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home : education : schools August 27, 2015


6/11/2013 1:24:00 PM
Sisters Elementary School gets green certification

Sisters Elementary School received Oregon Green School Certification from The Environmental Center in Bend.

"My classroom decided to form a 'Green Team' and we took an 'eco-pledge' with Jackie (Wilson) from The Environmental Center," said teacher Julie Holden. "We decided that we would take on this huge task of trying to help our school become a more sustainable, greener school.

"Our first task was to attack waste at Sisters Elementary School. We first did a waste audit with Jackie. Students who could stayed after school and we inspected and sorted the waste from one day in the lunchroom. We kept data about what kinds of waste our lunchroom produced in one day. The results were shocking. So much trash, paper lunch boats, milk cartons, Ziploc bags, wrappers of all kinds and food, food, food.

"Students were stunned that we were finding apples that had never been bitten, bananas unpeeled and milk that had never been opened. We found lots of juice pouches like Capri Suns. We also found that students did not throw much away that could be recycled, so perhaps we were doing a good job already there."

After the waste audit, the class debriefed and analyzed the data. Then they decided to figure out how we could make a difference.

"We decided to join Terracycle and begin collecting waste that could be upcycled by this company from New Jersey," Holden reported. "It takes products like Ziploc bags, juice pouches, Go Go Squeeze containers, chip bags, energy bar wrappers, and Lunchables containers, and much more. So we collect those items now in the lunchroom to keep them out of the landfill and we ship them to Terracycle free of charge."

Terracycle makes new items out of the traditionally non-recyclable stuff. They make park benches, trash cans, pencil pouches, and from the materials the school sends to them.

"They also pay us one cent for each item," Holden said. "While I don't have any exact number of items we sent, we can estimate that we sent about 1,200 ziploks, 500 wrappers, 250 chip bags, 600 juice pouches and about 50 other miscellaneous items. We won't make a ton of money doing this but we have reduced the amount of garbage that goes into the landfill."

Students also wanted to tackle the food waste problem. With the help of Sisters Science Club they purchased a worm composting bin and 500 red wigglers.

"We collect food waste (fruits and veggies) from the lunch room and we feed our classroom worms," Holden said. "We began to collect more than the worms could eat so we purchased two outdoor compost bins. I also anticipated that we would fill those compost bins quickly and set up a way for families with chickens to have the food waste that we can't compost."

The last thing the students did was to address the unopened milk and unwanted whole fruit.

"We received permission to set up a 'share table' in the lunchroom," Holden said. "This would allow students to put food taken from the kitchen right on the share table as they exit if they don't want the whole apples or unopened milk."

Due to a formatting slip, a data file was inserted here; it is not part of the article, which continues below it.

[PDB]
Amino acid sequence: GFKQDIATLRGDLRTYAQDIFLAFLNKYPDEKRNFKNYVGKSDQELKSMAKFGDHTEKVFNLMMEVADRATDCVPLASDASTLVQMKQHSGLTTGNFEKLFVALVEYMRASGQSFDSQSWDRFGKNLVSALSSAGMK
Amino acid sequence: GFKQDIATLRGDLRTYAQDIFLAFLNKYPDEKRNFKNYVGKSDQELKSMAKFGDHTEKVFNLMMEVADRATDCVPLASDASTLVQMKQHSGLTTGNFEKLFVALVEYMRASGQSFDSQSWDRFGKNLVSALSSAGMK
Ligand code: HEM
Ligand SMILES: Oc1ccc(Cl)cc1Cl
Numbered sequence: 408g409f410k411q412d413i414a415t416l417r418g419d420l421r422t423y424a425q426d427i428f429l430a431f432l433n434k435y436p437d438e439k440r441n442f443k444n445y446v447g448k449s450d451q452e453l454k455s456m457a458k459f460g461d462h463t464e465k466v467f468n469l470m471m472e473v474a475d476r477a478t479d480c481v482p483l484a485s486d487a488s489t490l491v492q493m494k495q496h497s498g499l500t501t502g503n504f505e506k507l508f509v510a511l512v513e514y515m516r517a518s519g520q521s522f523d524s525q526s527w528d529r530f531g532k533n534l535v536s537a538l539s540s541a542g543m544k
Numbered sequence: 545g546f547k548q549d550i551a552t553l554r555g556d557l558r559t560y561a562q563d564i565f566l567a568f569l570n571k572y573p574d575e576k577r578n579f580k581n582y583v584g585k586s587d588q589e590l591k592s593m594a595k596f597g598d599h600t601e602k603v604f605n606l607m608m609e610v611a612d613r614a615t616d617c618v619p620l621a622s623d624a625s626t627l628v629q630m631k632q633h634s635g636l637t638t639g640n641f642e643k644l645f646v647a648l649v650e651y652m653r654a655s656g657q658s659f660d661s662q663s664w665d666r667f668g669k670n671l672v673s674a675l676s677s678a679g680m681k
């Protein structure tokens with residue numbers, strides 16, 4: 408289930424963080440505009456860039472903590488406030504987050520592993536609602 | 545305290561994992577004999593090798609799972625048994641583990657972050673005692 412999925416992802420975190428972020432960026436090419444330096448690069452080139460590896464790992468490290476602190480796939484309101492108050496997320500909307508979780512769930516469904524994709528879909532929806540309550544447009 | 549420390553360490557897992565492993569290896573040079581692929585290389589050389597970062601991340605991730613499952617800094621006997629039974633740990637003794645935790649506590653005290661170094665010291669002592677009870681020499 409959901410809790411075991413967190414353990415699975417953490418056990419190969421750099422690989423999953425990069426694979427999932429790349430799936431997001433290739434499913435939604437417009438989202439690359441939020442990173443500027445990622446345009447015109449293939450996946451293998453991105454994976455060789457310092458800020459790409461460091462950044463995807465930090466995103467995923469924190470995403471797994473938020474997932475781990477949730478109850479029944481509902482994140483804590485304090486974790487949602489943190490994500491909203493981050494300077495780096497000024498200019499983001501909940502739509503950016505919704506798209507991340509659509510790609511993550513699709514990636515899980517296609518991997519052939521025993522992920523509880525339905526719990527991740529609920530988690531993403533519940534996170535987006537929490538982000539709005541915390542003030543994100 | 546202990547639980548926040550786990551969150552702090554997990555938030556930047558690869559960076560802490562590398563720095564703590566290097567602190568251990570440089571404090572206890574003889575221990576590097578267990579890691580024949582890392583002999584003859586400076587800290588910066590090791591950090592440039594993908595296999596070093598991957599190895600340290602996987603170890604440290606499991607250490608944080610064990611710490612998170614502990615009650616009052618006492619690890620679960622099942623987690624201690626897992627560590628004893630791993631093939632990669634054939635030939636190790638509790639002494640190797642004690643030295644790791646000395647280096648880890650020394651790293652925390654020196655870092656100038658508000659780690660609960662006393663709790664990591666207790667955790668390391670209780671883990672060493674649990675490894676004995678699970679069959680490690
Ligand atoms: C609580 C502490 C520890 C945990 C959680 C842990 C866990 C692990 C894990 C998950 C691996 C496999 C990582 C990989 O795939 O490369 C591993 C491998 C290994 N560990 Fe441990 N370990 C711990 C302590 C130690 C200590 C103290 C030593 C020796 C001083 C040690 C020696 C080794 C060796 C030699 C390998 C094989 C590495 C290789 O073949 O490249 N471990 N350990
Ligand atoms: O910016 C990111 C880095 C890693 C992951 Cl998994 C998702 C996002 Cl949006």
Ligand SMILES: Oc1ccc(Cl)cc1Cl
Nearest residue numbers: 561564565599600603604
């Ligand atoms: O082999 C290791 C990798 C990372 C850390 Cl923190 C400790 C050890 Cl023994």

Students also studied data on recycling in the school. The school was already supplied with blue comingle bins from High Desert Disposal, and recycling was already being collected by staff member Bill Mitchell.

"We began by inspecting classrooms, office and library recycling bins and trash cans," Holden said. "We did this one time per month and made simple suggestions like putting the trash can next to the recycling bin. Students collected data and when we analyzed the data, we concluded that school recycling has drastically

improved!"

The students also created a "pick and eat" garden where families that live nearby could come over and pick and eat fresh veggies, herbs and fruits.

"On the playground, close to the classrooms is a fenced garden with raised beds," Holden said. "On weekends, I began weeding, with help from Trish and Brooke Liddell. After many hours, we found out that water is not automated there, nor is there water even flowing to the pipes and faucets in place. We can't leave a hose connected to the building for fear of vandalism, so although we have strawberries, raspberries, Yukon gold potatoes and Walla Walla onions planted and growing, we won't be able to hand-water every day over the summer. We stopped planning and planting and will try to overcome this obstacle next year."

Holden cited a core group - Greta Davis, Jordan Foley, Cassy Galan, Payden Petterson, and Brooke Liddell - that volunteered their lunch recesses almost every day of the week to help collect compost in the lunchroom, and do the recycling inspections.

"A couple kids have been integral in keeping our garden watered by hand each school day (Astyn Buring and Kaleb Briggs.) Fourth-grader Patricia Ehrlich lives in the neighborhood, and on weekends comes by to water."









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